The clock is ticking on Thimet 15G, the insecticide of choice for controlling wireworm in potatoes in most areas of Canada. Because Canada’s regulators have decided to phase out Thimet due to environmental concerns, the pesticide will no longer be available for use on potatoes as of Aug. 1, 2015. [Read Full Article]


Neonicotinoids are becoming less effective in the fight against Colorado potato beetle – a resistance trend that appears to be moving westwards across Canada. [Read Full Article]

Growing and selling fresh, local potatoes is the name of the game for Blair and Irene Lodder, who farm about 125 acres of potatoes in Grand Forks, B.C. “Today I dug potatoes and tomorrow the store will receive them,” Blair says. [Read More]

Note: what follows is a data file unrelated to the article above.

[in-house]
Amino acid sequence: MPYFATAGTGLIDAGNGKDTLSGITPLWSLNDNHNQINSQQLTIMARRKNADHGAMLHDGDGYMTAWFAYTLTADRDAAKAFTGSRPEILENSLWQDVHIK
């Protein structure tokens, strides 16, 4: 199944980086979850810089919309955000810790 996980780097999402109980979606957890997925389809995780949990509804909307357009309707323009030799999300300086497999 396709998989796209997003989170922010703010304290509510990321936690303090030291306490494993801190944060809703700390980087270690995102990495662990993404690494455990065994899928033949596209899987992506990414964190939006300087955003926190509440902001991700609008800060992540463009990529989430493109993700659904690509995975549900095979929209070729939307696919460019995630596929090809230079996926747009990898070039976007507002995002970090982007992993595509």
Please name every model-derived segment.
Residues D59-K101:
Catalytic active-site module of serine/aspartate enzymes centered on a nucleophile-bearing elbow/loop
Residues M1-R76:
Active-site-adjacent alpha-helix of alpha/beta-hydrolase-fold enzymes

Canadian growers are mulling over the results of a recently completed feasibility study on the creation of a National Promotion and Research Agency. The author of the report takes us through the process and shares his views on how a NPRA for potatoes could benefit the industry. [Read Full Article]


Home-Grown Sweet PotatoesCooler temperatures and shorter growing seasons make growing sweet potatoes a challenge in Canada. Research underway in Eastern Canada could prove to be a real game-changer when it comes to producing the popular tubers in this country. [Read Full Article]


Roundtable: Integrated Pest Management